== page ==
Following the interval the Jazznights raffle was followed by the traditional sitting in spot.. Geoff Harriman on harmonica and Will Jarmen on drums playing a medium tempo Johnny Mercer classic Autumn Leaves. Steve Laws playing a vintage 1922

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  Conn alto sax  which gives a much richer and punchier sound than his Selmer mark IV played John Coltrane’s Mister PC, this was again accompanied by Will Jarmen on drums together with Chris on keys and Bernie on bass

Carlos opened his second set with Oleo which is a Bebop composition by Sonny Rollins, written in 1954. It is one of the most popular pieces to feature rhythm changes. 8 bar trades diminished to 4 bar trades by Carlos, Chris & Roger. Next was an instantly arranged version by Carlos of Secret Love – not quite the same as

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the Doris Day version from the film Calamity Jane in 1953! Carlos then reached for is soprano sax with a lovely rendition of You Don’t Know What Love Is. Back on Alto Carlos played Cedar Walton’s most famous Bolivia.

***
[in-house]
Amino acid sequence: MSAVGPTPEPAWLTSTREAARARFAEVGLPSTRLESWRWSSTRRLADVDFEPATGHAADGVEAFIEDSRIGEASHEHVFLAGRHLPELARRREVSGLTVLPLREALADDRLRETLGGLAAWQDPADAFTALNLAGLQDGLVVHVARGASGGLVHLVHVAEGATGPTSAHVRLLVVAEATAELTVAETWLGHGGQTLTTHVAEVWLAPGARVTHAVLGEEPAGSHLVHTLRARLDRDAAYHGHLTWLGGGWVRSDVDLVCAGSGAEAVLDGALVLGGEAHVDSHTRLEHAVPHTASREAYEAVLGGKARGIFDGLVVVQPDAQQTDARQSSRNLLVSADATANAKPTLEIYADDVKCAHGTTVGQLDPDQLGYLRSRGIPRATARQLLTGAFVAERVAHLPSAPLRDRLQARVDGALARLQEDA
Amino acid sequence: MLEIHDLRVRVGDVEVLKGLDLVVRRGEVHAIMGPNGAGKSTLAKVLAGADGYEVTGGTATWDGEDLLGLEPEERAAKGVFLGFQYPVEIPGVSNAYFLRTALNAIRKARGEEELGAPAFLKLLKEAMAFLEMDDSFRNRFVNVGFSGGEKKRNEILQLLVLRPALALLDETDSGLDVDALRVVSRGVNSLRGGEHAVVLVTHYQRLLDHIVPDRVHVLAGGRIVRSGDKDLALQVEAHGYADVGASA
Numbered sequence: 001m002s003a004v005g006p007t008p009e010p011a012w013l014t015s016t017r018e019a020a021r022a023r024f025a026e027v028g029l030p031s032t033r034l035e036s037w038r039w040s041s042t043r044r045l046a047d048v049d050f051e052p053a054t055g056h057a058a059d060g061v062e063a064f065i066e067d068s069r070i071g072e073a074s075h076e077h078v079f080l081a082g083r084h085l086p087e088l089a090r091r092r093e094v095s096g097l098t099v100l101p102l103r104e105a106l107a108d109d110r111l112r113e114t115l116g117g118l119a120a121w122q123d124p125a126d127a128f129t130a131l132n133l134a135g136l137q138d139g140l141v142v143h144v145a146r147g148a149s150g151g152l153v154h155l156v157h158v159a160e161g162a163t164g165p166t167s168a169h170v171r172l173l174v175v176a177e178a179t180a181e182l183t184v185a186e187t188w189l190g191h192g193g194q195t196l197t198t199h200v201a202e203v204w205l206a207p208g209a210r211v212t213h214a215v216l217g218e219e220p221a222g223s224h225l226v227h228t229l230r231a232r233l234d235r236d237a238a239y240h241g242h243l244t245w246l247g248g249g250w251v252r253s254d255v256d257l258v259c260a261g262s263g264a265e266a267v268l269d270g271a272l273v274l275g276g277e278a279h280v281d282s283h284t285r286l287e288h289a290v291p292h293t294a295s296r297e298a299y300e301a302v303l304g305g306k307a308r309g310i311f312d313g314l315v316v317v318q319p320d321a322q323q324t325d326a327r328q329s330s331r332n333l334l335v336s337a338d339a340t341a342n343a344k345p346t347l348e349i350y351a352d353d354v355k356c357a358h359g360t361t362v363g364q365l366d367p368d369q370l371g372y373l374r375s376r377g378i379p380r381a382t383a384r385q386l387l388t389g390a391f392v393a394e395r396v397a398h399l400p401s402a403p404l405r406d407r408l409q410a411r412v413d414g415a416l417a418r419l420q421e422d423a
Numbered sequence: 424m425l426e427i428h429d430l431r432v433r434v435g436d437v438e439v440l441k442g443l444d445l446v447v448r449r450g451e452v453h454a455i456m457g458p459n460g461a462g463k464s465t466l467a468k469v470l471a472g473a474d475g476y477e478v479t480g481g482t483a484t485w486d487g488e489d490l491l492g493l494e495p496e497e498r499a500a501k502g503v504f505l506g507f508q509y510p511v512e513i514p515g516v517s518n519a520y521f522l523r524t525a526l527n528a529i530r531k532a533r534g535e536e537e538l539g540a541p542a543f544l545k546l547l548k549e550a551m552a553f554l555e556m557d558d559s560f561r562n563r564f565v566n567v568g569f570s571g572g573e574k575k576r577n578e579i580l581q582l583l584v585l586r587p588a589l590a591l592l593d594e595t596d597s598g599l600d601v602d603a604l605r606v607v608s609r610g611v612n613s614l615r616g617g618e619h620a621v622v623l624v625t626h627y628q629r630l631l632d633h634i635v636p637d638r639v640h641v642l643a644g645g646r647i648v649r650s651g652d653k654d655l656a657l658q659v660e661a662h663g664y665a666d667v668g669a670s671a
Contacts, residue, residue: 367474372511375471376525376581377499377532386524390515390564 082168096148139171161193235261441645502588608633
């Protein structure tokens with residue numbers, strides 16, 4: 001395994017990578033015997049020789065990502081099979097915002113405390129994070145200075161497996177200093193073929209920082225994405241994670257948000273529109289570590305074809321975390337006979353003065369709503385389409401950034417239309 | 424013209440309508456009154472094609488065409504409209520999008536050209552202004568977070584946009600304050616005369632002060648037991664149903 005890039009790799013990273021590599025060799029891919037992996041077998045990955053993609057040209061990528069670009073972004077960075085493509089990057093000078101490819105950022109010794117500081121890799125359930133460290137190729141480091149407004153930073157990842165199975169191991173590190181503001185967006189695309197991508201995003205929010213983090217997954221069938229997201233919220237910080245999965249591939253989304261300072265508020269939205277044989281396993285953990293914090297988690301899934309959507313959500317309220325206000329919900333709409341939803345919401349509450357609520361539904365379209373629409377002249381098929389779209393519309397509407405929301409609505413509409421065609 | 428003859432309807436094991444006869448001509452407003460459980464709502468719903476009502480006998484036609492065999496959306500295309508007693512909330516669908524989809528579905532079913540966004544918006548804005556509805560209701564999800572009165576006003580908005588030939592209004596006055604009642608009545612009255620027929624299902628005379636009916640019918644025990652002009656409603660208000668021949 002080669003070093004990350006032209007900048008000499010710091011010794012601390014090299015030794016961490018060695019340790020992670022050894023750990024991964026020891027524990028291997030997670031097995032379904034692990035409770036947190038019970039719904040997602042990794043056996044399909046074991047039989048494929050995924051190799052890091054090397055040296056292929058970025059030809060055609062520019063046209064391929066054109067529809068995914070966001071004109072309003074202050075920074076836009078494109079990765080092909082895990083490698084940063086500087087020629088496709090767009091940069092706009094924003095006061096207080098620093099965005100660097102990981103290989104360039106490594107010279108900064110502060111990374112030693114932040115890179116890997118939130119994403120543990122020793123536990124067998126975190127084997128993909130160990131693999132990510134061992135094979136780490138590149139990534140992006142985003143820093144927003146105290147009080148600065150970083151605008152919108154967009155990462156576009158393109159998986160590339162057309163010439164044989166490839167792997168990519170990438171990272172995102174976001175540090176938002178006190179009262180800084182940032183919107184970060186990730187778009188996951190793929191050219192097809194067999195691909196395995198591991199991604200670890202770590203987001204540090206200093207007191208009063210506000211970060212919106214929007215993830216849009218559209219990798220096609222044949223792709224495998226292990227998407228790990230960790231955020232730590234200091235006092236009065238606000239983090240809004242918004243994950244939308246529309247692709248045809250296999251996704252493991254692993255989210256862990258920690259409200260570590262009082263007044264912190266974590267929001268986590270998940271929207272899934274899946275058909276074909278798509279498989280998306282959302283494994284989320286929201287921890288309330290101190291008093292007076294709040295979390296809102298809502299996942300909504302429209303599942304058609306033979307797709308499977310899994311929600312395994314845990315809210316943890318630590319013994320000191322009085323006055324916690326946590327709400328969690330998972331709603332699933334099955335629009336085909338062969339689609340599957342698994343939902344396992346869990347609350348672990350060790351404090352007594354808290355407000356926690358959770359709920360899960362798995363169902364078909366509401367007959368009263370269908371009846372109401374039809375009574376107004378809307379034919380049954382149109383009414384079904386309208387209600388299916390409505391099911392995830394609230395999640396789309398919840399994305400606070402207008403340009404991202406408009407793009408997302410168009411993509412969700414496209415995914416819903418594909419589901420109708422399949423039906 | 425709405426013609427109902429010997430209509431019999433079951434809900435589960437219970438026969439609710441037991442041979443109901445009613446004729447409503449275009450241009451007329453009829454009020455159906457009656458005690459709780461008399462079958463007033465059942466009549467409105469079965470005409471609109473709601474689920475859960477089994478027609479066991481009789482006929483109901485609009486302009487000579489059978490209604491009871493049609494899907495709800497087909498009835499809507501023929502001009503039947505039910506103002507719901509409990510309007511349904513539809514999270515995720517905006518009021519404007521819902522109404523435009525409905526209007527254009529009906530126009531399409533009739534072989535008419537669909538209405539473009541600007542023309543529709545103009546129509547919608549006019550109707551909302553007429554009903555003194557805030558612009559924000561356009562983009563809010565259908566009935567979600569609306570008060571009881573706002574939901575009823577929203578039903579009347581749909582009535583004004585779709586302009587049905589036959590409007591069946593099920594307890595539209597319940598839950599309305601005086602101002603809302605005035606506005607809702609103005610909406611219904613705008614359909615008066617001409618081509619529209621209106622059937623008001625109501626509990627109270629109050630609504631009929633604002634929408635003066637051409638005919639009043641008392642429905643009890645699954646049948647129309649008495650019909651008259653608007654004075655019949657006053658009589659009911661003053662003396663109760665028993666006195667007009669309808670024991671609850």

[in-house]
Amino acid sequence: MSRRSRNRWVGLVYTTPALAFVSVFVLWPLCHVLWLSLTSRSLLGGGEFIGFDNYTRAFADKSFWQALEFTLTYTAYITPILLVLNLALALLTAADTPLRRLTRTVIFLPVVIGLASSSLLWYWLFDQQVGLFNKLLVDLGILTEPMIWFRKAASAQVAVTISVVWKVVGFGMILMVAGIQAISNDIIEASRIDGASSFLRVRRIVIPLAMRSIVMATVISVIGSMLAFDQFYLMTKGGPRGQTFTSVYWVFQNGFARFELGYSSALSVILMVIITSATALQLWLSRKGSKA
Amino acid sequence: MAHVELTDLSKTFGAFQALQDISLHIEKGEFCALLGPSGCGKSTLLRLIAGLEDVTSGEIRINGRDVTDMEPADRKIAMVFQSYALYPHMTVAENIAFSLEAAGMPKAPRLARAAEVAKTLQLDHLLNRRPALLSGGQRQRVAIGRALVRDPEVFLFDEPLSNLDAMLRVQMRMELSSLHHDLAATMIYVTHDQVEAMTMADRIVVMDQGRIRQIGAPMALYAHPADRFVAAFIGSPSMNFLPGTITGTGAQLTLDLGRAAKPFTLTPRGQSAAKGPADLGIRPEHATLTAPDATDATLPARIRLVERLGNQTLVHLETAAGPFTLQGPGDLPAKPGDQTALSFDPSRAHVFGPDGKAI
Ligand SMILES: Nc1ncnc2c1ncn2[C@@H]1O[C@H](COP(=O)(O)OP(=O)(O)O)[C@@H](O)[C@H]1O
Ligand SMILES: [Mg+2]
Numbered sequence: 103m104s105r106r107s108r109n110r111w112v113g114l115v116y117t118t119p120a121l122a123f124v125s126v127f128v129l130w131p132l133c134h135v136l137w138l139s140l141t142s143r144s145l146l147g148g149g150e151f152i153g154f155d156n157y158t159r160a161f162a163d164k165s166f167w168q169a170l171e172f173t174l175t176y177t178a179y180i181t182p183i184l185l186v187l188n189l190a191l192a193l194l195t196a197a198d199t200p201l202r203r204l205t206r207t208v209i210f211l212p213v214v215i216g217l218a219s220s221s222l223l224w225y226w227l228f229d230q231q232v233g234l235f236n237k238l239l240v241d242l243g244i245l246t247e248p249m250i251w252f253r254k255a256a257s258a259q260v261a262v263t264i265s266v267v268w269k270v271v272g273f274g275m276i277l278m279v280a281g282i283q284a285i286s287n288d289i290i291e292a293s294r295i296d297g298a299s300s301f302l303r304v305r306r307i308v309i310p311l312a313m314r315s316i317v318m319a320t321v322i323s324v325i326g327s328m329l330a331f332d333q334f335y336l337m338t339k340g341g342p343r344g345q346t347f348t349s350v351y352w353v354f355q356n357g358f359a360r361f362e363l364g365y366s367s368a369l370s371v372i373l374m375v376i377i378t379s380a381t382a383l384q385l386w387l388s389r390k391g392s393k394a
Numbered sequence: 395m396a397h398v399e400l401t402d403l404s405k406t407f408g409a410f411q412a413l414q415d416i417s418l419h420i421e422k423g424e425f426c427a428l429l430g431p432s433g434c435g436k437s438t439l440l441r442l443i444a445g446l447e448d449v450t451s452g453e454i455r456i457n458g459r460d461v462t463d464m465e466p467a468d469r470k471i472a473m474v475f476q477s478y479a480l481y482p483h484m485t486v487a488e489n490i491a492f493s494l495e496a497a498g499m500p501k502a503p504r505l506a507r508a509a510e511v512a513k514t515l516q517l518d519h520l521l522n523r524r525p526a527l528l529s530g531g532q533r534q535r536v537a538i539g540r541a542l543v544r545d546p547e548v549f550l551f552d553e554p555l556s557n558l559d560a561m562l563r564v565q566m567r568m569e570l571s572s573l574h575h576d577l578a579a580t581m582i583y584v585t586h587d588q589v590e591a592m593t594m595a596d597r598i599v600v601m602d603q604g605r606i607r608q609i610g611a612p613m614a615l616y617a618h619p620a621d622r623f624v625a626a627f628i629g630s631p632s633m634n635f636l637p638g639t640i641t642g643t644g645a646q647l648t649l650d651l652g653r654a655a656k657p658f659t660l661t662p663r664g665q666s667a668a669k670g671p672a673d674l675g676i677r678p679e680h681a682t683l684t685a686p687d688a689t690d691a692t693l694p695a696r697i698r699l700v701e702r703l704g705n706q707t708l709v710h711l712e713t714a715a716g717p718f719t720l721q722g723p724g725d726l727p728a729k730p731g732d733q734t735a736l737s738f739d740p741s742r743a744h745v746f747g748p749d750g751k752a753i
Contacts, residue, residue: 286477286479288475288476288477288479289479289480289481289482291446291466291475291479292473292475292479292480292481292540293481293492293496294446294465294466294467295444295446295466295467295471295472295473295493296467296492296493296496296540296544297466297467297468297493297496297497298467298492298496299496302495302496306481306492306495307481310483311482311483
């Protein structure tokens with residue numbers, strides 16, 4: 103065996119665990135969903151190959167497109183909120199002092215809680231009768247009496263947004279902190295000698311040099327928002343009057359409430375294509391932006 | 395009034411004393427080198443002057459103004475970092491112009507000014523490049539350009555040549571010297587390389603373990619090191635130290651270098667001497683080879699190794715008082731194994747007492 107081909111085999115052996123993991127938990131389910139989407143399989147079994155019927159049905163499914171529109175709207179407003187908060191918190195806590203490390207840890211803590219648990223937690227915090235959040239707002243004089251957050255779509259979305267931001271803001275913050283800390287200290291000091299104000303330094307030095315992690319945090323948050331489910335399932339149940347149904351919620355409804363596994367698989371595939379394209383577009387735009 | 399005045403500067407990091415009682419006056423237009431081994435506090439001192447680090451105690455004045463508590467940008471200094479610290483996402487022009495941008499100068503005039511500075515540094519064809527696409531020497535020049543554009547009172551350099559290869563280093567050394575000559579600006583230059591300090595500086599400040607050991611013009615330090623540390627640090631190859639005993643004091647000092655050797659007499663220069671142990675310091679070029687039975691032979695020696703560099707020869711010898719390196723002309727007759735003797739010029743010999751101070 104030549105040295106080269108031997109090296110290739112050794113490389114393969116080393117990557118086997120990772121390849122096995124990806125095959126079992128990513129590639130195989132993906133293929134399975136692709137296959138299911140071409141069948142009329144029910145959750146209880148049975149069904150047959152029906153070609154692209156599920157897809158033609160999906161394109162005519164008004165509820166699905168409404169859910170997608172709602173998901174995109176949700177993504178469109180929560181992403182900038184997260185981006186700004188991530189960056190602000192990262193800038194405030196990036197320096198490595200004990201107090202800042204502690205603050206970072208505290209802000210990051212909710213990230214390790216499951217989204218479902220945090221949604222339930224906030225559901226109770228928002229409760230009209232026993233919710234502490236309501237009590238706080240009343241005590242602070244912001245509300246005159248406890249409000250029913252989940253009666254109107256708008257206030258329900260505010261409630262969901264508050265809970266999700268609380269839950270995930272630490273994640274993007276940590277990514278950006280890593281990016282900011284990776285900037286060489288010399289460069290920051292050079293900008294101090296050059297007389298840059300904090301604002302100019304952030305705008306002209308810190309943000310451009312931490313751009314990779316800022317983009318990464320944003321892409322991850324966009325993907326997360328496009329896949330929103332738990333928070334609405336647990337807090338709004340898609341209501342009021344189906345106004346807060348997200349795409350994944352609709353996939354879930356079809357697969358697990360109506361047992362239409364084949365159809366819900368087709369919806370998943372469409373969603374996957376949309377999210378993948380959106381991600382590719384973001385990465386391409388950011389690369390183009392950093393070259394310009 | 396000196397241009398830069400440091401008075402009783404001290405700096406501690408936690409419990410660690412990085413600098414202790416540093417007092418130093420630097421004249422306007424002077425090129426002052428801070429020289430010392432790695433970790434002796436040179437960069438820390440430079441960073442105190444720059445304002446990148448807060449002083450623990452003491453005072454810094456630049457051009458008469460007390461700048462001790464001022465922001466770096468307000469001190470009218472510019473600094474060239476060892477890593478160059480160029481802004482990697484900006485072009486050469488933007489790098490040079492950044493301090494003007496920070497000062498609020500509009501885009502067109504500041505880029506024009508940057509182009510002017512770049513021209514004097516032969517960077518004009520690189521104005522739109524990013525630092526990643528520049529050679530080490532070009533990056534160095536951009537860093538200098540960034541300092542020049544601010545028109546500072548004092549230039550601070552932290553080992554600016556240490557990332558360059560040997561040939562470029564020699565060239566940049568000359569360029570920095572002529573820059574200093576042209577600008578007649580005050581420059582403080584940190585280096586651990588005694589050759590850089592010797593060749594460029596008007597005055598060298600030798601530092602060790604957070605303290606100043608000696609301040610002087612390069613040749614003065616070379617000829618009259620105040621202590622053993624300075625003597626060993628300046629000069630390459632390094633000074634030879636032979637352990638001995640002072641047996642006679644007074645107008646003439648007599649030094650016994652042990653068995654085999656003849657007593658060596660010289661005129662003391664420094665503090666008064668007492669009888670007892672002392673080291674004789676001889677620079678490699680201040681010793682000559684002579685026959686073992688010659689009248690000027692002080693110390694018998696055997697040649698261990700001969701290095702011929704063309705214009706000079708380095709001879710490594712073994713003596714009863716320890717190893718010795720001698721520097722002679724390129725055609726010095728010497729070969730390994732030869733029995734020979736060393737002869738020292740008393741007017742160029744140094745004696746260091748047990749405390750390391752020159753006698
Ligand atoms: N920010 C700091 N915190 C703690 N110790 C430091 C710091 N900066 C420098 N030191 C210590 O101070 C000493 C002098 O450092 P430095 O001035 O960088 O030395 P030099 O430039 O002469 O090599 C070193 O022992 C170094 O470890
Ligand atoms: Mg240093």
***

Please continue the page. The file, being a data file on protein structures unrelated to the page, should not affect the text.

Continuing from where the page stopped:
An all too short second set climaxed and very unfortunately ended far too quickly with Ellington’s Caravan ( I always think of it as Ellington’s but it was composed by Juan Tizol and was first played by Barney Bigard in 1936, the year before Ellington’s recording). A bass intro followed by keys and drums led into Carlos’s first solo before Chris Ingham took over with a heavy left hand emphasising the Caravan theme which lead into Bernie on bass. It was a fitting ending to the gig which the extensive technical ability of Carlos. He is a lovely player and it was so evident that all the band thoroughly enjoyed the gig.

After all the justified plaudits, just one small criticism – a longer solo by Roger would have been nice rather than being just featured in the breaks – but so what!. A wonderful evening

For further information on Carlos Lopez-Real go to

For future gigs at Jazznights go to

Nigel Price at Jazznights: The Bell, Clare Sunday 16th May 2010

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Nigel first came to prominence as a member of the jazz funk group James Taylor Quartet but since then he has also played regularly with the Ronnie Scott’s All Stars as well as touring with his own organ trio. “One of Britain’s finest players on the six strings . . . he’s a legend in the making” – Griff Prescott.